Pope Alexander VI (1492-1503)
Who was Pope Alexander VI ?
Rodrigo Borgia, who would become Pope Alexander VI, was born at Xativa, near Valencia, in Spain, 1 January, 1431; died in Rome, 18 August, 1503. His parents were Jofre Lançol and Isabella Borja, sister of Cardinal Alfonso Borja, later Pope Callixtus III.
The young Rodrigo had not yet definitely chosen his profession when the elevation of his uncle to the papacy (1455) opened up new prospects to his ambition. He was adopted into the immediate family of Callixtus and was known henceforward to the Italians as Rodrigo Borgia. Like so many other princely cadets, he was obtruded upon the Church, the question of a clerical vocation being left completely out of consideration. After conferring several rich benefices on him, his uncle sent him for a short year to study law at the University of Bologna.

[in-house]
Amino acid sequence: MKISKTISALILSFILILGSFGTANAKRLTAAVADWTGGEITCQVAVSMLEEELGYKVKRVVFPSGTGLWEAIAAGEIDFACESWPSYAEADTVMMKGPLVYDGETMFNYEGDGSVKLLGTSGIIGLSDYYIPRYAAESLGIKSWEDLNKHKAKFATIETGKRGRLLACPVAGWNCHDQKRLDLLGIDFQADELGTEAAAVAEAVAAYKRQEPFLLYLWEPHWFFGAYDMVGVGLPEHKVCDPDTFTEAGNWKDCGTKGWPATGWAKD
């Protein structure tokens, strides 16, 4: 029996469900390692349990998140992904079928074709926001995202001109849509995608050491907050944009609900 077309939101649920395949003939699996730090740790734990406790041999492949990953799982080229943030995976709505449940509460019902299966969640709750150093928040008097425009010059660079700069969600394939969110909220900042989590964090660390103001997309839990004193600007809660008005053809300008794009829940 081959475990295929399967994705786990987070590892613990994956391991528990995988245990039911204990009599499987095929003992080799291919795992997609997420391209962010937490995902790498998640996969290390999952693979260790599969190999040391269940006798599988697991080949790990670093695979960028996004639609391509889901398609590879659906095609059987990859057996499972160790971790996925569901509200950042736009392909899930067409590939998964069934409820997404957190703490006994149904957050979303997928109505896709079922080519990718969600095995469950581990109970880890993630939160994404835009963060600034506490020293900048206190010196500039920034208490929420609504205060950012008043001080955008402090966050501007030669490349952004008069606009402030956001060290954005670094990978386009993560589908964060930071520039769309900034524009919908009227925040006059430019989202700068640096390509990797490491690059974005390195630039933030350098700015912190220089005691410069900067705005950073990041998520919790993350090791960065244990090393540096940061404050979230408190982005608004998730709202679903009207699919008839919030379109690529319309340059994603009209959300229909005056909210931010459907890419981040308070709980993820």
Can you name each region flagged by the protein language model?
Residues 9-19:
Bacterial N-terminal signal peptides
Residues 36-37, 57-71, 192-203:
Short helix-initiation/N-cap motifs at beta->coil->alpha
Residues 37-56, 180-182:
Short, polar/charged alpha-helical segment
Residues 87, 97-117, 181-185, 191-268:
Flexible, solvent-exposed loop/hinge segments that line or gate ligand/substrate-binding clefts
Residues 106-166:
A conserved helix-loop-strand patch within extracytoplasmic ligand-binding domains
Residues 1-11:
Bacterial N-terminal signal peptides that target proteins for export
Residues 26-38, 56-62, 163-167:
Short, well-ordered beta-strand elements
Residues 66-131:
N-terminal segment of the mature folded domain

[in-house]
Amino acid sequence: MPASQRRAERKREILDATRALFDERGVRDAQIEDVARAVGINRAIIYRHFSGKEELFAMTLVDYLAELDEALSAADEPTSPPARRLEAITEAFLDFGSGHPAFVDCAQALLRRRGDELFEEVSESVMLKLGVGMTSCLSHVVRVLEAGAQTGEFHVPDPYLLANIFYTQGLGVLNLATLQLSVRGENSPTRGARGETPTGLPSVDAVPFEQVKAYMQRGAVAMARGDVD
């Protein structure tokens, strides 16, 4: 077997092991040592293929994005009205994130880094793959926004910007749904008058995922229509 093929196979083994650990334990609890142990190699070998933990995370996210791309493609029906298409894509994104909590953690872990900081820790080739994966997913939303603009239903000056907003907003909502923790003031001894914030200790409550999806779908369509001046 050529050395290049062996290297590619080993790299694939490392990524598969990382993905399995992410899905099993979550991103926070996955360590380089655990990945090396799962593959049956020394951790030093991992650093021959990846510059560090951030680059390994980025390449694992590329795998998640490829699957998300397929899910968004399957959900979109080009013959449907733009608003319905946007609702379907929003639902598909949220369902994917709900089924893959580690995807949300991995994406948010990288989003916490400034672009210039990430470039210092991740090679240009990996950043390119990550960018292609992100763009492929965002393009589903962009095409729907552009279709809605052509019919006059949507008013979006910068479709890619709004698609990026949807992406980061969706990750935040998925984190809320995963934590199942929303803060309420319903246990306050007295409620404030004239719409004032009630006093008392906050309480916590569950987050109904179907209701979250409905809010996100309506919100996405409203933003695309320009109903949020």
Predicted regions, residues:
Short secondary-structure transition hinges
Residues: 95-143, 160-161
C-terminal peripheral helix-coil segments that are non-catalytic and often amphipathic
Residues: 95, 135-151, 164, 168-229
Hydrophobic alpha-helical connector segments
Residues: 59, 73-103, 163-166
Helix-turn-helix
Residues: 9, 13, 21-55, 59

In 1456, at the age of twenty-five, he was made Cardinal Deacon of St. Nicolo in Carcere, and held that title until 1471, when he became Cardinal-Bishop of Albano; in 1476 he was made Cardinal-Bishop of Porto and Dean of the Sacred College (Eubel, Hierarchia Catholica, II, 12). His official position in the Curia after 1457 was that of Vice-Chancellor of the Roman Church, and though many envied him this lucrative office he seems in his long administration of the Papal Chancery to have given general satisfaction.